A leading Uzbek opposition figure, Muhammad Solih, is urging the United States and the European Union to expand their support for democracy activists in Uzbekistan. Solih says the events in Andijon in May demonstrate that democratization is the only way to ensure a peaceful transition in power from the regime of President Islam Karimov. But a U.S. State Department official says Washington does not want to be seen as an agent for revolutionary change in the region and is working with all parties to bring about gradual reforms.
"We do not ask for a lot from the West," Solih said. "We want the West to aid the legalization of political parties in Uzbekistan. We would like the West to aid the leaders of the opposition to function in Uzbekistan, to ensure the conduct of fair elections in Uzbekistan and the participation of the opposition in those elections and to ensure the existence of a free press. This in and of itself is enough to ensure the peaceful removal of this anti-democratic regime."
Solih announced that some key Uzbek opposition leaders have united and formed a new group -- the United Uzbek Democratic Coalition -- to press their cause. Solih was named their head.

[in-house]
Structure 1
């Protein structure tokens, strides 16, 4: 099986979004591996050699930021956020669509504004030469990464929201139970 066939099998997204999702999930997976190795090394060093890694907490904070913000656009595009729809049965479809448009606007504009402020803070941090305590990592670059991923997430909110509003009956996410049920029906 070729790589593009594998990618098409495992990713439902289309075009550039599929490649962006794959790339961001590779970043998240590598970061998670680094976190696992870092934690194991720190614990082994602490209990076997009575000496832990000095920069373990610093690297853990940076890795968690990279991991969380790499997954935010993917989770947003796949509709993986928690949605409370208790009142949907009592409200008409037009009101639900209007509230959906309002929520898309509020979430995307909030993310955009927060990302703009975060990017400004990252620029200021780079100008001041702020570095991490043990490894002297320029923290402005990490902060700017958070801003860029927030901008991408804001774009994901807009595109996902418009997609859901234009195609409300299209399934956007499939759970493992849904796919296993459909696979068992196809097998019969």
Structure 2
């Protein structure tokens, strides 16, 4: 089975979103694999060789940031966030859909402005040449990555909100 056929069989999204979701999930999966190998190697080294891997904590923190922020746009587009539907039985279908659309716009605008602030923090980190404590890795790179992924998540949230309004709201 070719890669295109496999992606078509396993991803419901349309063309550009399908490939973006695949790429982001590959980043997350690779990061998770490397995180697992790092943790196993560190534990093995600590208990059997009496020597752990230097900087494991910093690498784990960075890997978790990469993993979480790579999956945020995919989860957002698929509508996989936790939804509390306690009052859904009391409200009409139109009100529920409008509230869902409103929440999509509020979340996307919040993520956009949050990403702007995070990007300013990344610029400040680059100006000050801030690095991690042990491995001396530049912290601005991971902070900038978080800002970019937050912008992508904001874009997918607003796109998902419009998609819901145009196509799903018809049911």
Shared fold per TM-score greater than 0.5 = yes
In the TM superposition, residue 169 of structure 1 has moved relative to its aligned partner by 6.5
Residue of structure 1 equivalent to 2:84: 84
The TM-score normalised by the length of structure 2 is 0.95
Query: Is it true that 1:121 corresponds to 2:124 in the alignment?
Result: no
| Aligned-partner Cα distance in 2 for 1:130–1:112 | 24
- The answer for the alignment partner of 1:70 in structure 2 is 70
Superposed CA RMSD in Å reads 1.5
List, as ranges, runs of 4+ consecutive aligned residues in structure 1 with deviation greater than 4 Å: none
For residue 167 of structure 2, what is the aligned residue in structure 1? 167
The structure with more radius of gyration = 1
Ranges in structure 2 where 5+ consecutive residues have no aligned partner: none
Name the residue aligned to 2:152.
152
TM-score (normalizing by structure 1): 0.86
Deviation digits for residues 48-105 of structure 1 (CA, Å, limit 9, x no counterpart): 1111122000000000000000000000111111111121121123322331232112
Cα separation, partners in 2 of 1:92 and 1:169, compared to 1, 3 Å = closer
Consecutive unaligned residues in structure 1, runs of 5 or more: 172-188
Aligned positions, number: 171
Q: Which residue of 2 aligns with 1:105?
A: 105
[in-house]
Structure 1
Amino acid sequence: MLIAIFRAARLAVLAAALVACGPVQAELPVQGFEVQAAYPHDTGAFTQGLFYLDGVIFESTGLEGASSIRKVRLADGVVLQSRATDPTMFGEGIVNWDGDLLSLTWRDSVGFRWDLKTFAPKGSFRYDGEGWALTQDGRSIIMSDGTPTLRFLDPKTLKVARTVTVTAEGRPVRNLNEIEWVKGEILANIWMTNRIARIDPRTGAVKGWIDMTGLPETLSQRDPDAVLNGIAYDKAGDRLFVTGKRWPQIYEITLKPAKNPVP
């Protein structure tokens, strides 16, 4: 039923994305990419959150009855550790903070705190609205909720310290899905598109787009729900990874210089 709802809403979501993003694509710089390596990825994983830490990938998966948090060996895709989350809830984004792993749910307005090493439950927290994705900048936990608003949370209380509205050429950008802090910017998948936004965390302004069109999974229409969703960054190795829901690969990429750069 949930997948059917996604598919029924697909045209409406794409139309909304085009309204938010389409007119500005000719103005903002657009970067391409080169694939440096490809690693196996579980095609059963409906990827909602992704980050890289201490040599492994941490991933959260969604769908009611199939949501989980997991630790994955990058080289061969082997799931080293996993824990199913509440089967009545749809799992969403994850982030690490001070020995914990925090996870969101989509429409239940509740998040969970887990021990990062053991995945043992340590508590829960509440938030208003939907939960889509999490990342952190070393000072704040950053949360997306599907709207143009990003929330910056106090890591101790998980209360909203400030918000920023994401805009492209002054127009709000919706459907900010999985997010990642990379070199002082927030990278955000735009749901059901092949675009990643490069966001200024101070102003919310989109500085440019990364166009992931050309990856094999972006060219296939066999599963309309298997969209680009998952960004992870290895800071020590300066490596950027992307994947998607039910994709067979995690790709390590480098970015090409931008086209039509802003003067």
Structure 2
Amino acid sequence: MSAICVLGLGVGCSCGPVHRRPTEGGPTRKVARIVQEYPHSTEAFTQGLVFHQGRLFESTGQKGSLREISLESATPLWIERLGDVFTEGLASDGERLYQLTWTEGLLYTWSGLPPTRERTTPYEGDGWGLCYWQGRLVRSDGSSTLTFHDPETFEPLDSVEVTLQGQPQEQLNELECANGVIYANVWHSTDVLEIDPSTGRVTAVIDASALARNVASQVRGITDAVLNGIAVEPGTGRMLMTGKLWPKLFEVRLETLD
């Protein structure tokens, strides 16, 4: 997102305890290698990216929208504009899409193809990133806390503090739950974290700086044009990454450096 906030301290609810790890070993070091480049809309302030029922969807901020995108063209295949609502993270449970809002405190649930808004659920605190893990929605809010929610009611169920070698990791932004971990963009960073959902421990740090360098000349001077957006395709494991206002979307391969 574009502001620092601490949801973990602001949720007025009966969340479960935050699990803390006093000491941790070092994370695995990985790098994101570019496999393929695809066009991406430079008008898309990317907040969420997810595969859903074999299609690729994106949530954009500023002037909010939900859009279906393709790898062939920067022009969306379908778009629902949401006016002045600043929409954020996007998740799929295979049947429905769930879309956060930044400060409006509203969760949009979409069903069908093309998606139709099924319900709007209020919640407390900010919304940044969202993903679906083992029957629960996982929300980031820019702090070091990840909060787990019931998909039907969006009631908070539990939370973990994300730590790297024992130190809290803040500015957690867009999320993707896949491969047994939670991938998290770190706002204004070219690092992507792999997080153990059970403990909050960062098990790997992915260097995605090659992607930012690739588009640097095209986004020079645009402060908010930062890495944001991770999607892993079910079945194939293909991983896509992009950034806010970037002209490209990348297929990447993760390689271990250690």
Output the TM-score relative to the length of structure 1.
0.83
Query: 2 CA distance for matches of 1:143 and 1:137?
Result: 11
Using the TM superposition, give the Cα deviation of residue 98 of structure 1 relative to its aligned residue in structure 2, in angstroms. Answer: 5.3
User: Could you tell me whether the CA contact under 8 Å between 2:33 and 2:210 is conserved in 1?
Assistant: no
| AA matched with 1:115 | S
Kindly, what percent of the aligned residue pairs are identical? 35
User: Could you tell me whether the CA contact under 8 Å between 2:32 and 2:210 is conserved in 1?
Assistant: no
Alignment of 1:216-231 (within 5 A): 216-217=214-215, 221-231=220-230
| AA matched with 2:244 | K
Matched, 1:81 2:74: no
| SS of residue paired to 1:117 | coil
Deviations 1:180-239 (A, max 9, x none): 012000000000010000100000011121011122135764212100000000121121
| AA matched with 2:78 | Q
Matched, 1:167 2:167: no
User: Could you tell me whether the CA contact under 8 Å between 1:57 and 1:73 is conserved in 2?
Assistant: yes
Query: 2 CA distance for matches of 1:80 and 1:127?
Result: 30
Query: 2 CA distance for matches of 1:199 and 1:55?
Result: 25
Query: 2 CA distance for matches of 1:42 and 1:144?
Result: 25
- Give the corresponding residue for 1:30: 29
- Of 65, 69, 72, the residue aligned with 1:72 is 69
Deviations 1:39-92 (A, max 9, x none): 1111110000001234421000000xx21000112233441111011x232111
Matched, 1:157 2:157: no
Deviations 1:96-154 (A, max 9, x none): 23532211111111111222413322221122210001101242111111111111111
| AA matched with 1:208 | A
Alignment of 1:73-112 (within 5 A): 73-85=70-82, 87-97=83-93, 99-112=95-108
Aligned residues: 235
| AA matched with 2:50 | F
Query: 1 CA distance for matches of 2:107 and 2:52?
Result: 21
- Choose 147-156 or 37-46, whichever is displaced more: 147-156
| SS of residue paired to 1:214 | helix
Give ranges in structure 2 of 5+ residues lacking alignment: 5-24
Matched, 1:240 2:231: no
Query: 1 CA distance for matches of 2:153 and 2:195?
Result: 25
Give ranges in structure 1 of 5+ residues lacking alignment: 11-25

The State Department's deputy assistant secretary for Europe, Eurasia, Central Asia, and the Caucasus is Matthew Bryza. He told RFE/RL on 30 June that the United States remains intent on guiding democratic reforms in Uzbekistan. But he made clear that Washington is not planning to focus its interests on opposition activists despite concerns over the actions of the Karimov government.
Bryza said Solih's visit to Washington was coincidental and did not reflect new ties with the Uzbek opposition.
"We work across the board with all Uzbek people -- with the government, with the political opposition, with people in the middle. We want to work with the entire society, as we do in the neighboring broader Middle East," Bryza said. "And that's an enduring interest of ours, so we haven't grown any more active in our engagement with all Uzbekistan society. Maybe the world is paying more attention to our engagement now."
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Encouraging European and American involvement.
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